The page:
In this weekend’s news and commentary, a Trader Joe’s in Minneapolis became the second unionized store location in the US, and a union ordered a walkout at an Amazon distribution center in Bar Hersfeld, Germany.

On August 12, Trader Joe’s employees at a store in Minneapolis voted 55 to 5 to unionize with Trader Joe’s United, an independent, worker-run union that won the first union election at the grocery chain in Hadley, Massachusetts last month. According to the union, workers at the store want to increase pay and benefits and have a say in safety issues, including harassment by customers. Trader Joe’s could be the next Starbucks, as initial union wins facilitate organizing in stores across the country. “We’ve received messages from Trader Joe’s in every single state that has a Trader Joe’s,” Sarah Beth Ryther, a Minneapolis employee and union spokesperson, said earlier this week. “We’re riding a wave.” A store in Boulder, Colorado could be next. Trader Joe’s has said that it is ready to negotiate with the union. “While we are concerned about how this new rigid legal relationship will impact Trader Joe’s culture, we are prepared to immediately begin discussions with their collective bargaining representative to negotiate a contract,” company spokesperson Nakia Rohde said in an email after the vote. “Trader Joe’s offers all of its crew members, across the country, an industry-leading package of pay, benefits, and flexible working conditions.”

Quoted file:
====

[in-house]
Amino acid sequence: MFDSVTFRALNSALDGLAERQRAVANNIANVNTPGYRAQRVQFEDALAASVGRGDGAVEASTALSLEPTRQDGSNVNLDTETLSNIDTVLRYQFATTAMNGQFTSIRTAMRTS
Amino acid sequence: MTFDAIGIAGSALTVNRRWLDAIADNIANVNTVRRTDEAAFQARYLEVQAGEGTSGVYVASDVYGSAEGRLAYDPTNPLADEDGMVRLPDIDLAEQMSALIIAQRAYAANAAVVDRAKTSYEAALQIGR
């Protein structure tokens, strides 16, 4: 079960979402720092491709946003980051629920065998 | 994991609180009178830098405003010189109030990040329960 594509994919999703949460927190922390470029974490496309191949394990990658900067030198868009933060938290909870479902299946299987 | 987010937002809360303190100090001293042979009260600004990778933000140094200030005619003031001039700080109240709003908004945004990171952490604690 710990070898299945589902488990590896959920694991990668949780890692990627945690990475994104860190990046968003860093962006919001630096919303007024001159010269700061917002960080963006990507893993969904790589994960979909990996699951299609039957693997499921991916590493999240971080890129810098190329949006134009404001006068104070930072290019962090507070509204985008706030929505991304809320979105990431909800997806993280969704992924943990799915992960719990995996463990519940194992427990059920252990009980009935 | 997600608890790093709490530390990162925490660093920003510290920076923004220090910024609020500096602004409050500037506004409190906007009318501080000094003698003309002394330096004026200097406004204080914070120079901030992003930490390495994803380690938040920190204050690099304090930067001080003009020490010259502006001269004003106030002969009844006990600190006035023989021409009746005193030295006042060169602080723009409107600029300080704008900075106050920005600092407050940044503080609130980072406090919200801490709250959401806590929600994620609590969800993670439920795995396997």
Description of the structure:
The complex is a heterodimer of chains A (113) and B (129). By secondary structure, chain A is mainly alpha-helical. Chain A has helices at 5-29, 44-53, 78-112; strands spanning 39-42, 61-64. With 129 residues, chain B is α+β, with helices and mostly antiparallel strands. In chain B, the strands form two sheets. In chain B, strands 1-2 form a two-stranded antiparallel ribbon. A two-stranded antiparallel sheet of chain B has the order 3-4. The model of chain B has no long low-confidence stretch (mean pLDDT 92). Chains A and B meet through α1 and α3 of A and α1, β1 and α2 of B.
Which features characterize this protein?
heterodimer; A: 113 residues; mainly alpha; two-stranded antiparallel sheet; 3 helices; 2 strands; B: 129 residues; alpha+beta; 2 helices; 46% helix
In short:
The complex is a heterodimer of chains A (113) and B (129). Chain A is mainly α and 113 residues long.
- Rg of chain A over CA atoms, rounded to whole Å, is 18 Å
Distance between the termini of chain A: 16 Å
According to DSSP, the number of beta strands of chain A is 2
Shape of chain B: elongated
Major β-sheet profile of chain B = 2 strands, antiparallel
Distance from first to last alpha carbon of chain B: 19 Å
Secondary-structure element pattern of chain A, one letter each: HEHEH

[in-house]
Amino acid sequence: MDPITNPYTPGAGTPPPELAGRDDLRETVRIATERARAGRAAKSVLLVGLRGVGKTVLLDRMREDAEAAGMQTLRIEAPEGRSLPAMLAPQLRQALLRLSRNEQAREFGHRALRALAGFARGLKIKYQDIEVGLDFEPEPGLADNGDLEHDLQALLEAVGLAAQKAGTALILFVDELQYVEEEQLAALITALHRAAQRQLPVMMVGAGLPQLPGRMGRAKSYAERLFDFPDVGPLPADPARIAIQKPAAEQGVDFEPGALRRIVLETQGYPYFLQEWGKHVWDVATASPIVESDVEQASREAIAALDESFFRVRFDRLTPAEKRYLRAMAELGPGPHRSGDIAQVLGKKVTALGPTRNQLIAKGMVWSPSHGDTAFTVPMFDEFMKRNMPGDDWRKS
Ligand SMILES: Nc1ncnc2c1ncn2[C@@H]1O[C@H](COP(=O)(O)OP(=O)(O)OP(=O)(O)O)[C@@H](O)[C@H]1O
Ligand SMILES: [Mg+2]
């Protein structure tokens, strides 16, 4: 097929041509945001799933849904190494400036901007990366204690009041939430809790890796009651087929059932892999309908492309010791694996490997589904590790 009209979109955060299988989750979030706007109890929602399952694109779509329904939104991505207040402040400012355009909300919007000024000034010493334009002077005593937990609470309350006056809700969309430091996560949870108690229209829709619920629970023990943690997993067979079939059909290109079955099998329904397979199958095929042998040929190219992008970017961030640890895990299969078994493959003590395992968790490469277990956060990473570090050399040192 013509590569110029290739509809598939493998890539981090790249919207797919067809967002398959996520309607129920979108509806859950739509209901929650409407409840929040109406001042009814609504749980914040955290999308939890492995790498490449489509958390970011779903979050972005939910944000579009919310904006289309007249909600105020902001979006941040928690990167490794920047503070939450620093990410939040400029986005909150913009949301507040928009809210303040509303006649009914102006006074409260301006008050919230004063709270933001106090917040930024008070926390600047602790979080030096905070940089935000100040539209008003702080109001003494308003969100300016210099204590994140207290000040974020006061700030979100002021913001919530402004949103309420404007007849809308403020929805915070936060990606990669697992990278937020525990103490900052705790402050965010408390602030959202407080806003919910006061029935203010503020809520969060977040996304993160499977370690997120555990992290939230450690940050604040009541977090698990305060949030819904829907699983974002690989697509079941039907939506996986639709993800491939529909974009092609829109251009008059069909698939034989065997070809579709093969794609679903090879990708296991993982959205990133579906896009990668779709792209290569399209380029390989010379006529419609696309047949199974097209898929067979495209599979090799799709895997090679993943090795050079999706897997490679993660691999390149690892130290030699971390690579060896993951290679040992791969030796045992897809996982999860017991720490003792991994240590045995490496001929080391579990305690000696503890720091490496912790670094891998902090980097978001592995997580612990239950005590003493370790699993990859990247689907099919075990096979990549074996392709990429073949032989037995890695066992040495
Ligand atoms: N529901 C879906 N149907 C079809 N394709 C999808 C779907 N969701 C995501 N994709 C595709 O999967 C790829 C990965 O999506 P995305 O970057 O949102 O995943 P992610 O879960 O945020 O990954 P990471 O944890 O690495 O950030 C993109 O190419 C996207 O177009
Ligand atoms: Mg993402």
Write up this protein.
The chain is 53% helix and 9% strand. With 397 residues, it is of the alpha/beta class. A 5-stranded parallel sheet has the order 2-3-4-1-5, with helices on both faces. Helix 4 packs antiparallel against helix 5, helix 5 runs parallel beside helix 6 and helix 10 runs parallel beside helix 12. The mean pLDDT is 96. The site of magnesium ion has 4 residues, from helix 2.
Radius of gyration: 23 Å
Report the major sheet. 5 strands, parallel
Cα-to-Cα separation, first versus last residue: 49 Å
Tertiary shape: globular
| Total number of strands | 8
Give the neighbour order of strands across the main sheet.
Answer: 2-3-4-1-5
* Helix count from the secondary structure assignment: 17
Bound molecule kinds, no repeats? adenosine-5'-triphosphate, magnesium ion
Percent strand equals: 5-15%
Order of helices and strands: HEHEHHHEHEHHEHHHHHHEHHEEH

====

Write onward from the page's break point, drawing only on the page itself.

On August 12, the Verdi union ordered a walkout at Amazon’s distribution center in Bad Hersfeld, Germany over the company’s refusal to sign up for the collective labor agreement for the mail-order and retail trade. Germany is Amazon’s second-biggest market after the US, and the company’s workers there are also facing the pain of rising costs of living alongside stagnant wages. Inflation in Germany is at 7.5% and economists expect that number to rise due to high energy costs in the upcoming winter months. Amazon’s employees in Germany have been pushing the tech giant to accept the union’s sectoral bargaining agreement, including through several strikes over the past few months. Most unionized employees in Germany are covered by industry-level collective agreements negotiated between large trade unions and employers’ organizations, although some company-level bargaining agreements do exist. This sectoral bargaining approach allows for greater union density and impact across industries, and support is growing for the US to adopt a similar labor framework.